In January 2019, the North American Reliability Corporation (NERC) fined Duke Energy $10 million for 127 Critical Infrastructure Protection (CIP) and other security violations occurring between 2015-2018.
Most of us expect our energy resources to be as reliable as the sun coming up tomorrow.
To have that reliability, the energy delivered to our homes, offices and other places needs an electrical utility that operates flawlessly and without failure.
But many people don’t realize that utilities and other mission-critical operations are ground zero for potential attacks by nation states, rogue factions and, in some cases, even employees with privileged access to those facilities.
Attackers have a variety of motives for taking an electrical grid offline. These can vary from accidental actions to revenge or terrorism.
No matter the motive, attackers need minimal resources to launch an attack, and taking the grid offline can cause havoc.
In 2003, the northeastern United States plunged into a blackout. When overhanging foliage disrupted electrical transmissions, a software glitch failed to trip safeguards to redistribute the load. The failure’s cascading actions caused an outage for 508 facilities that generate power and 265 facilities that distribute power.
Since that incident, safeguards and minimum thresholds are in place to ensure standards. For example, the North American Reliability Corporation (NERC) has a goal to “assure the effective and efficient reduction of risks to the reliability and security of the grid.” NERC created guidelines to help ensure the reliability of electrical distribution across the vast areas it serves.
The introduction of these guidelines in 2016 did not come too soon. An attack on a Ukrainian electric utility, which involved the Industroyer malware (aka CrashOverride) and an incident at a Middle Eastern oil and gas refinery in which attackers used TRISIS malware to exploit a Triconex Safety Instrumented System underscore the increasing threat of cyberattacks on critical infrastructure.
While there have not been many penalties for failure to comply with the NERC guidelines, in January 2019 the Wall Street Journal reported that NERC fined Duke Energy $10 million for 127 Critical Infrastructure Protection (CIP) and other security violations that occurred between 2015-2018. This is more than triple the last fine NERC levied against an organization.
Many news agencies covering this story cited interconnectivity and interdependence of grid providers, which created clear and present danger and needed to be strongly addressed. Specifically, when one agency does not fully comply with published guidelines, it becomes a weak link in the chain for all other providers.
So what should utilities and energy providers do to make sure they meet minimum NERC standards? While this is not an exhaustive list, below are three key areas to help comply with NERC standards:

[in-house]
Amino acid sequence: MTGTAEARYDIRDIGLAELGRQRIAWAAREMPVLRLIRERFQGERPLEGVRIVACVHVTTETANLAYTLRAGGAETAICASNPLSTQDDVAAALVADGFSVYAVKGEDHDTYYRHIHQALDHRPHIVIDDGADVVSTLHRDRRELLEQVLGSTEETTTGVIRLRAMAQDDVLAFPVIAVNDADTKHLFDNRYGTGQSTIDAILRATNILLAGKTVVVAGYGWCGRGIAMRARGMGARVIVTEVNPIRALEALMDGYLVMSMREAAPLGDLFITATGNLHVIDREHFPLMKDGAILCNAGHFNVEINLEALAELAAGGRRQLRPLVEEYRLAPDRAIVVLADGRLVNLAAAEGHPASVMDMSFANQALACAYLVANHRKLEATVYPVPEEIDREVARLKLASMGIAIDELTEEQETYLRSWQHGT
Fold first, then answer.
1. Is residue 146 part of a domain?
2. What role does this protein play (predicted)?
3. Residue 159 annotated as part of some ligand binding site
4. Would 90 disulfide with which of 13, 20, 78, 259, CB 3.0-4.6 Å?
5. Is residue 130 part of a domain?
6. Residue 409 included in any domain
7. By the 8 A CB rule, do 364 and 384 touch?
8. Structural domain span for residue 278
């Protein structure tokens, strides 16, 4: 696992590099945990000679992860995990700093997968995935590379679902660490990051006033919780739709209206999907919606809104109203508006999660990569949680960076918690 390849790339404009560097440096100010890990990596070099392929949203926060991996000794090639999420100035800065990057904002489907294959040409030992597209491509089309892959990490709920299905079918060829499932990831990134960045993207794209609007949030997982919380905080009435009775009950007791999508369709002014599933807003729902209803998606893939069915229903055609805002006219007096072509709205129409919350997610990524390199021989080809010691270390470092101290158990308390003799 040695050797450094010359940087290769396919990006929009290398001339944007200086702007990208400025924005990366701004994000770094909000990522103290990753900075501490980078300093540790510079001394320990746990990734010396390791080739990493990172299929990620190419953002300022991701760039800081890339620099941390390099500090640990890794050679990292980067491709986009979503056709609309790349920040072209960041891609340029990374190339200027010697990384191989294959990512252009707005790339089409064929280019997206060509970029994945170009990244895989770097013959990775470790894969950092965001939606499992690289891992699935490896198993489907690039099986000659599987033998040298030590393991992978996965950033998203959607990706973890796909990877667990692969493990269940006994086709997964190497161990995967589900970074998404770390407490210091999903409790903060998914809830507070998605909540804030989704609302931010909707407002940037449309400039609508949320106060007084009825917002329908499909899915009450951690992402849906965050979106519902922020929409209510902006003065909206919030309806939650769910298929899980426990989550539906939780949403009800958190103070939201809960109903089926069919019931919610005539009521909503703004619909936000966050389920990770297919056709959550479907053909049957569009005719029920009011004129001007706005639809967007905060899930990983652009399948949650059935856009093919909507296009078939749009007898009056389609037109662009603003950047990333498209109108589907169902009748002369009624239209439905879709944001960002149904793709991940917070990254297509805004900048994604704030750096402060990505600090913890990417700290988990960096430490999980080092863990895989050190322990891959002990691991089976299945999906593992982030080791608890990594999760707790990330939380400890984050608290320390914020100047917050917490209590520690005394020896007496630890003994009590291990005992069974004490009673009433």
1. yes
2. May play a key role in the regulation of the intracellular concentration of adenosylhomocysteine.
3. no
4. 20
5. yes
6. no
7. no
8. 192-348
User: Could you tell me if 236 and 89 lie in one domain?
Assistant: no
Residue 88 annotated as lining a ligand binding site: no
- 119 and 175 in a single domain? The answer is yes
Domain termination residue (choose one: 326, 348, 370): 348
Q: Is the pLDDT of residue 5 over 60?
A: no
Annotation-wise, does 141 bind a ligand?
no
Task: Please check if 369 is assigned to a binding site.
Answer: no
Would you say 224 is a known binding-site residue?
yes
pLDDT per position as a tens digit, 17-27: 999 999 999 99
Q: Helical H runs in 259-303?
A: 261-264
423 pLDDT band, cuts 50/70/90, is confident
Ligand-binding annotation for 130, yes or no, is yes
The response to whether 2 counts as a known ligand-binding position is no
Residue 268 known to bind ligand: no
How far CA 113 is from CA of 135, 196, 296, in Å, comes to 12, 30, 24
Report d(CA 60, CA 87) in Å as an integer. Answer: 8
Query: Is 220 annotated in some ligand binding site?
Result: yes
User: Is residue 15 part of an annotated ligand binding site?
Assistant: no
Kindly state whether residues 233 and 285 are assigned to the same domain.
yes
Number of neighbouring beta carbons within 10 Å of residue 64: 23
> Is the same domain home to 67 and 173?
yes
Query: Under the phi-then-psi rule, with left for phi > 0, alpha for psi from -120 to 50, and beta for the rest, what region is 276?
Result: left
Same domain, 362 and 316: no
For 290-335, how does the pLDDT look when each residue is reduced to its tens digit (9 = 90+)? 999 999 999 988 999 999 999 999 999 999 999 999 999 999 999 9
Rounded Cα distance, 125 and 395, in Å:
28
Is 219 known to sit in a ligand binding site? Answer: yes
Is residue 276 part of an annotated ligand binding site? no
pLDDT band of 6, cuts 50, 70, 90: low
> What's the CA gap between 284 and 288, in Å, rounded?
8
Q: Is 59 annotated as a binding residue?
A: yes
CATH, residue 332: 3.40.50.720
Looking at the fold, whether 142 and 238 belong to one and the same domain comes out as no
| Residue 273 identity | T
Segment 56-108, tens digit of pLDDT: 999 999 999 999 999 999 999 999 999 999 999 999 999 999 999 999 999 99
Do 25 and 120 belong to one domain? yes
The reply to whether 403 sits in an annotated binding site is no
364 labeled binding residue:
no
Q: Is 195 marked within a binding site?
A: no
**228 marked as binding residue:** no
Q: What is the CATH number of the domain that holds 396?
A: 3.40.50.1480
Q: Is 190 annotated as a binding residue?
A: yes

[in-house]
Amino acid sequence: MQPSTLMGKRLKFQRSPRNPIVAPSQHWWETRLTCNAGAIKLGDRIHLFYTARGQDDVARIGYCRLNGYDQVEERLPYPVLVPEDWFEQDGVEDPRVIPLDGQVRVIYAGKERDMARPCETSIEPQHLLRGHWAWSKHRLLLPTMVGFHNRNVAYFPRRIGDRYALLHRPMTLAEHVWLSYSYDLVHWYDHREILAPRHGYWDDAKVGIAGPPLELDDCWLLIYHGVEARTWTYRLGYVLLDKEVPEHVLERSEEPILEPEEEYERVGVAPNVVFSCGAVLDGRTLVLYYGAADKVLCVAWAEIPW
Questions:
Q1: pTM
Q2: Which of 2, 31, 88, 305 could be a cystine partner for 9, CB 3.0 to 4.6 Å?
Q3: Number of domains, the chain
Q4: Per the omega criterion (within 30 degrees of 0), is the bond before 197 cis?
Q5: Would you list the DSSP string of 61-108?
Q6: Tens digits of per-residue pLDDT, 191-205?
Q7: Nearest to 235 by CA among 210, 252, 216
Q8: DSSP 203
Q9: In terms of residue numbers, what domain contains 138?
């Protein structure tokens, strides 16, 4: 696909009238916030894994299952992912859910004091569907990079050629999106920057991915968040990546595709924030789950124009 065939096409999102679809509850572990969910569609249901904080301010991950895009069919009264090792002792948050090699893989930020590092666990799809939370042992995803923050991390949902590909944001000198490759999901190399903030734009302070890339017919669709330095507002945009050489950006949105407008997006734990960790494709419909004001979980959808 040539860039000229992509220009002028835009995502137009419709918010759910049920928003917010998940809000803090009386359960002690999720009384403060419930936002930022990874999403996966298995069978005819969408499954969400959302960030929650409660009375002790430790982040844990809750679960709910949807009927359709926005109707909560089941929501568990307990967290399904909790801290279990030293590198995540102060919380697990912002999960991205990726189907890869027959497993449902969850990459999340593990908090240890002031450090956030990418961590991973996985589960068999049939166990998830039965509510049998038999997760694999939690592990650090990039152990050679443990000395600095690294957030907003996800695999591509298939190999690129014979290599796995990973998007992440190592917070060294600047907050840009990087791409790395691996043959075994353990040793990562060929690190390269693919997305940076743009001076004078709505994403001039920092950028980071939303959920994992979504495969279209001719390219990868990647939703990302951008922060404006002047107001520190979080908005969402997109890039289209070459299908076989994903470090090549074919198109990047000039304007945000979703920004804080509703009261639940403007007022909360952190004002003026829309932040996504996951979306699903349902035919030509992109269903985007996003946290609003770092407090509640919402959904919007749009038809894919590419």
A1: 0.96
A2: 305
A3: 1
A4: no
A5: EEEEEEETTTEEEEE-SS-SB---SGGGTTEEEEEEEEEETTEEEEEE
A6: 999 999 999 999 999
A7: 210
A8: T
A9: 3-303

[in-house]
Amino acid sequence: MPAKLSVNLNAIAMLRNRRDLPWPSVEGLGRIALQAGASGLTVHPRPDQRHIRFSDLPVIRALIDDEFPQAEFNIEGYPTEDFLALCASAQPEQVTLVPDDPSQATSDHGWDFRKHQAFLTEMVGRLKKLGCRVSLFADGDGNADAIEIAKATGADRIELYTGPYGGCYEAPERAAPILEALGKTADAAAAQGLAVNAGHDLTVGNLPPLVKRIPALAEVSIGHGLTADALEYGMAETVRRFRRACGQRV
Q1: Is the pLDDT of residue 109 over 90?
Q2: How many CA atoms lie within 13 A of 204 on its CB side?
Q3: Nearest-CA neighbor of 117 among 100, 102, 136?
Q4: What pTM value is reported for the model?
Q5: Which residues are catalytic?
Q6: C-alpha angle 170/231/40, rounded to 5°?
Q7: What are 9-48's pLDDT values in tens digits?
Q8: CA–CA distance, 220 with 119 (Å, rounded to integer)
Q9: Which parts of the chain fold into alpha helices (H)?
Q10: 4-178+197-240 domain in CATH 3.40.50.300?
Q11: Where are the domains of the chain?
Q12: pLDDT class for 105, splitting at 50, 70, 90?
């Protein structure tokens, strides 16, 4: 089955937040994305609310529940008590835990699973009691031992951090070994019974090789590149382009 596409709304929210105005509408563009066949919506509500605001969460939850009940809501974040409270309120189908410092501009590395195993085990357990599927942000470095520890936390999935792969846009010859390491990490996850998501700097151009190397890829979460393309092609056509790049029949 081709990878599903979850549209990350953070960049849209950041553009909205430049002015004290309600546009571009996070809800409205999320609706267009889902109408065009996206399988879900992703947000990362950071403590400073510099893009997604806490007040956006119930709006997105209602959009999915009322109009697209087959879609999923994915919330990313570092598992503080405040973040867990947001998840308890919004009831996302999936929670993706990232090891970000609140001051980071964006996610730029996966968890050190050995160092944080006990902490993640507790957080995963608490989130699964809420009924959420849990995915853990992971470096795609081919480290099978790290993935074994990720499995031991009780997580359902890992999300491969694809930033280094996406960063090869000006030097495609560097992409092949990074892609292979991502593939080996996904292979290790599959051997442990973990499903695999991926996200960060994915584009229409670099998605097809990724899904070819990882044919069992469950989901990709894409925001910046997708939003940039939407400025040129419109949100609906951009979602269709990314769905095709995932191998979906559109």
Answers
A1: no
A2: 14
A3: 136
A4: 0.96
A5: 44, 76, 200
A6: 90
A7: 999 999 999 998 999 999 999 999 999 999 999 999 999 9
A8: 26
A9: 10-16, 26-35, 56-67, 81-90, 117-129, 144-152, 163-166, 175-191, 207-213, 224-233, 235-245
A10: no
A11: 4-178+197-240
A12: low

- Ensure you can identify and classify the Bulk Electrical Systems (BES) assets in your OT environment. A cardinal principle of cybersecurity states: “You can’t secure what you don’t know exists.” To secure your control systems, as well as to comply with NERC CIP, you should identify what you have. For example, deploy ICS security technology that automatically discovers and maps all of your ICS devices (even dormant ones) and keeps an up-to-date inventory of these assets. This includes operator and engineering workstations, controllers (PLCs, RTUs and DCS controllers) and other devices.
- Deploy consistent and sustainable security controls that protect your BES and safeguard against misoperation. Alerts enforce security management policies on unauthorized ICS access and activity. This comprehensive audit trail helps generation owners and operators establish responsibility and accountability, as well as preventing malicious or erroneous activities that could lead to plant misoperation or instability.
- Manage system security by specifying select technical, operational and procedural requirements that support the protection of BES cyber systems against compromise that could lead to BES misoperation or instability. This can be accomplished by deploying an ICS security system that detects both rule violations and anomalous behavior. This system should be able to detect malicious code activities on your network and devices, including malware propagation, abnormal communications, network attacks on controllers and direct attacks via connected compromised laptops. Furthermore, alerts enable your security staff to mitigate threats before they lead to misoperation or instability.
NERC’s enforcement of security guidelines should be viewed as a minimum-level security blueprint to help raise the tide and lift the security posture of all electrical and utility providers.
Download this white paper to learn more about the NERC-CIP dashboards and reports available in SecurityCenter Continuous View.